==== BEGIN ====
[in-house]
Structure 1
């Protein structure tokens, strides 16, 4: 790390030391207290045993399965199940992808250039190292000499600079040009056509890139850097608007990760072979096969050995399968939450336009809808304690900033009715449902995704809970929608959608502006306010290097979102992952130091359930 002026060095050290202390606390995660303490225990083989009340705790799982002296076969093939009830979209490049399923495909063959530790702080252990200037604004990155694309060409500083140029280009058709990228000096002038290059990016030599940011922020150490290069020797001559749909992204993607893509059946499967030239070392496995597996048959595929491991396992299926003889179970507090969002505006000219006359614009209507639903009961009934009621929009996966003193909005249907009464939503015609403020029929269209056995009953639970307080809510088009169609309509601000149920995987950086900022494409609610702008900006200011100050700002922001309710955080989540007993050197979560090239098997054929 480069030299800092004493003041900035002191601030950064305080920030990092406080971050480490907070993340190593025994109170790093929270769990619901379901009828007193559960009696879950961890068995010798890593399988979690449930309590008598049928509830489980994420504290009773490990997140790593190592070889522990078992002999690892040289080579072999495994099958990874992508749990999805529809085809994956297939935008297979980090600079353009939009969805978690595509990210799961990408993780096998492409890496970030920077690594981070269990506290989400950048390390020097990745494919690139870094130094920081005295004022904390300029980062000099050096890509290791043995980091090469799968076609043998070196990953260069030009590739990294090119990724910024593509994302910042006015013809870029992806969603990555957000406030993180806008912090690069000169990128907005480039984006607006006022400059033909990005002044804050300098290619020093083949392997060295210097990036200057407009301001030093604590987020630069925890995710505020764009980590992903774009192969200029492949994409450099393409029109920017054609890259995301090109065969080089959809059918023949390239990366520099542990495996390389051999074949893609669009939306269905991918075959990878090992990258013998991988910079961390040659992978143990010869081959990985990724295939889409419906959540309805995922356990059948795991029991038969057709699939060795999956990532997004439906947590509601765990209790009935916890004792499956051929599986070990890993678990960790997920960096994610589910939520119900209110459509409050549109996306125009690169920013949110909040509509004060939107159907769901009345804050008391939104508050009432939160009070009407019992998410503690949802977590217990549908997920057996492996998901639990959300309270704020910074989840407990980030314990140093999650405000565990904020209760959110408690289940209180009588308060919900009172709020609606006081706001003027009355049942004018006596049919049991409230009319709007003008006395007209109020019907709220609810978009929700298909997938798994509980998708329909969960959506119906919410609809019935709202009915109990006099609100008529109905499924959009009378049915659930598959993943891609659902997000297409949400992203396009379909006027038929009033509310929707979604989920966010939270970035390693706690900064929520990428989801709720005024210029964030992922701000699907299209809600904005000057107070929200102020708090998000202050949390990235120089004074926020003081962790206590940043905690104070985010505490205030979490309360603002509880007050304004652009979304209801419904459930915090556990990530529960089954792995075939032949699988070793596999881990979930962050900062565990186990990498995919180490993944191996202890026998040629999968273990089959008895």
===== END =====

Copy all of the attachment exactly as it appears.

[in-house]
Structure 1
């Protein structure tokens, strides 16, 4: 790390030391207290045993399965199940992808250039190292000499600079040009056509890139850097608007990760072979096969050995399968939450336009809808304690900033009715449902995704809970929608959608502006306010290097979102992952130091359930 002026060095050290202390606390995660303490225990083989009340705790799982002296076969093939009830979209490049399923495909063959530790702080252990200037604004990155694309060409500083140029280009058709990228000096002038290059990016030599940011922020150490290069020797001559749909992204993607893509059946499967030239070392496995597996048959595929491991396992299926003889179970507090969002505006000219006359614009209507639903009961009934009621929009996966003193909005249907009464939503015609403020029929269209056995009953639970307080809510088009169609309509601000149920995987950086900022494409609610702008900006200011100050700002922001309710955080989540007993050197979560090239098997054929 480069030299800092004493003041900035002191601030950064305080920030990092406080971050480490907070993340190593025994109170790093929270769990619901379901009828007193559960009696879950961890068995010798890593399988979690449930309590008598049928509830489980994420504290009773490990997140790593190592070889522990078992002999690892040289080579072999495994099958990874992508749990999805529809085809994956297939935008297979980090600079353009939009969805978690595509990210799961990408993780096998492409890496970030920077690594981070269990506290989400950048390390020097990745494919690139870094130094920081005295004022904390300029980062000099050096890509290791043995980091090469799968076609043998070196990953260069030009590739990294090119990724910024593509994302910042006015013809870029992806969603990555957000406030993180806008912090690069000169990128907005480039984006607006006022400059033909990005002044804050300098290619020093083949392997060295210097990036200057407009301001030093604590987020630069925890995710505020764009980590992903774009192969200029492949994409450099393409029109920017054609890259995301090109065969080089959809059918023949390239990366520099542990495996390389051999074949893609669009939306269905991918075959990878090992990258013998991988910079961390040659992978143990010869081959990985990724295939889409419906959540309805995922356990059948795991029991038969057709699939060795999956990532997004439906947590509601765990209790009935916890004792499956051929599986070990890993678990960790997920960096994610589910939520119900209110459509409050549109996306125009690169920013949110909040509509004060939107159907769901009345804050008391939104508050009432939160009070009407019992998410503690949802977590217990549908997920057996492996998901639990959300309270704020910074989840407990980030314990140093999650405000565990904020209760959110408690289940209180009588308060919900009172709020609606006081706001003027009355049942004018006596049919049991409230009319709007003008006395007209109020019907709220609810978009929700298909997938798994509980998708329909969960959506119906919410609809019935709202009915109990006099609100008529109905499924959009009378049915659930598959993943891609659902997000297409949400992203396009379909006027038929009033509310929707979604989920966010939270970035390693706690900064929520990428989801709720005024210029964030992922701000699907299209809600904005000057107070929200102020708090998000202050949390990235120089004074926020003081962790206590940043905690104070985010505490205030979490309360603002509880007050304004652009979304209801419904459930915090556990990530529960089954792995075939032949699988070793596999881990979930962050900062565990186990990498995919180490993944191996202890026998040629999968273990089959008895």